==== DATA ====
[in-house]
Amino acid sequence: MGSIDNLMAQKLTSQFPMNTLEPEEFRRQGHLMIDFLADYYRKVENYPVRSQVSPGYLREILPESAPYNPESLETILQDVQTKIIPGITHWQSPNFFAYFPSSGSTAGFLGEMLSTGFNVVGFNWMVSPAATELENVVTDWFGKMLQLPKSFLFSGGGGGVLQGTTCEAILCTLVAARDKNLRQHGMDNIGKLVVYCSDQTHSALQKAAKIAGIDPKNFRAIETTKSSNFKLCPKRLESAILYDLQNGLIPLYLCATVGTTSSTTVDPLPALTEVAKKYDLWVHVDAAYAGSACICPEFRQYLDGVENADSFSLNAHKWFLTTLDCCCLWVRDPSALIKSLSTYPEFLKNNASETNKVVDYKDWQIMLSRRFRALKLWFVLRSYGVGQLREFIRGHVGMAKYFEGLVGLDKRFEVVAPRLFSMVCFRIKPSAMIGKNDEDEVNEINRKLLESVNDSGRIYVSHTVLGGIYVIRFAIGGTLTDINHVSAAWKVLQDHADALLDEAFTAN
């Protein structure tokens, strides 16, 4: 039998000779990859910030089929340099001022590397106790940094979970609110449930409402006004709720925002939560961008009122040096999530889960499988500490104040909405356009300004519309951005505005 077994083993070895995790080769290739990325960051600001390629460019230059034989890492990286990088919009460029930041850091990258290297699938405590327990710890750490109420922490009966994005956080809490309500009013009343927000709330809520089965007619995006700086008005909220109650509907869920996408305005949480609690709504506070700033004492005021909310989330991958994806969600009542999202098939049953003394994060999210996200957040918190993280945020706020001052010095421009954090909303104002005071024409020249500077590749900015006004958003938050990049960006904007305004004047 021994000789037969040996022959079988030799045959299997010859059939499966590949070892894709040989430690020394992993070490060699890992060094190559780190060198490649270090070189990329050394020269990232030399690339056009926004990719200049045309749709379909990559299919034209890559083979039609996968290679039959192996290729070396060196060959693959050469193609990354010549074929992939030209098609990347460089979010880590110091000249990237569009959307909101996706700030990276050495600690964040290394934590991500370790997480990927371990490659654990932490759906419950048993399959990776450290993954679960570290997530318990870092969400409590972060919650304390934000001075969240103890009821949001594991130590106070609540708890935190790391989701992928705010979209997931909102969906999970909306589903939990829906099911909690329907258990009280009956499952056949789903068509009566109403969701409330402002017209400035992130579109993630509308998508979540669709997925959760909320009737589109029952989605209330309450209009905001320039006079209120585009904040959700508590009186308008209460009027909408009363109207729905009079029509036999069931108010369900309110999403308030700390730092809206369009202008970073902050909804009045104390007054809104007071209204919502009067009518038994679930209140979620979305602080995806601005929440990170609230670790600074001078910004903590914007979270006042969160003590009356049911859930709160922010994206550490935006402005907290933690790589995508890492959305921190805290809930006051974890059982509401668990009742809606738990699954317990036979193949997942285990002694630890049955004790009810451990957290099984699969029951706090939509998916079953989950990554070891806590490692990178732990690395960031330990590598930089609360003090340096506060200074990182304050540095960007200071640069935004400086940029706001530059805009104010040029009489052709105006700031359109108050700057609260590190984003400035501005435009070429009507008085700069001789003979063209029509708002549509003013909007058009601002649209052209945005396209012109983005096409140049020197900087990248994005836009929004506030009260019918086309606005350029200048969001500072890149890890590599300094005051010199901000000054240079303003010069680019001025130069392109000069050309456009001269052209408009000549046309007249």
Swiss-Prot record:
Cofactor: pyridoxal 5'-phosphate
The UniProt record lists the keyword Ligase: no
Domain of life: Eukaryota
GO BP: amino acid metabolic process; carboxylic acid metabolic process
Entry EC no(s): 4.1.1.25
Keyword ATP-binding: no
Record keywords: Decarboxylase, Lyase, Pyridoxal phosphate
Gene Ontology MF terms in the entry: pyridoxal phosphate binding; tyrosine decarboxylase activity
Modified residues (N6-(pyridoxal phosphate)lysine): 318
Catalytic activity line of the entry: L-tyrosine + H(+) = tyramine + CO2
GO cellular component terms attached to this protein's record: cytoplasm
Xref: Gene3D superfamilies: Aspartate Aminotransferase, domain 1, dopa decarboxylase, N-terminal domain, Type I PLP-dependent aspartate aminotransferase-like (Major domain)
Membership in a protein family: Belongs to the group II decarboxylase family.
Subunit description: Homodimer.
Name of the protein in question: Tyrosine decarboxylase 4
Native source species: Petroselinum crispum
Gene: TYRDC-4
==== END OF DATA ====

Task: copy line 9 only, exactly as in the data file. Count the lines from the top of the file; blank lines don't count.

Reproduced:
Entry EC no(s): 4.1.1.25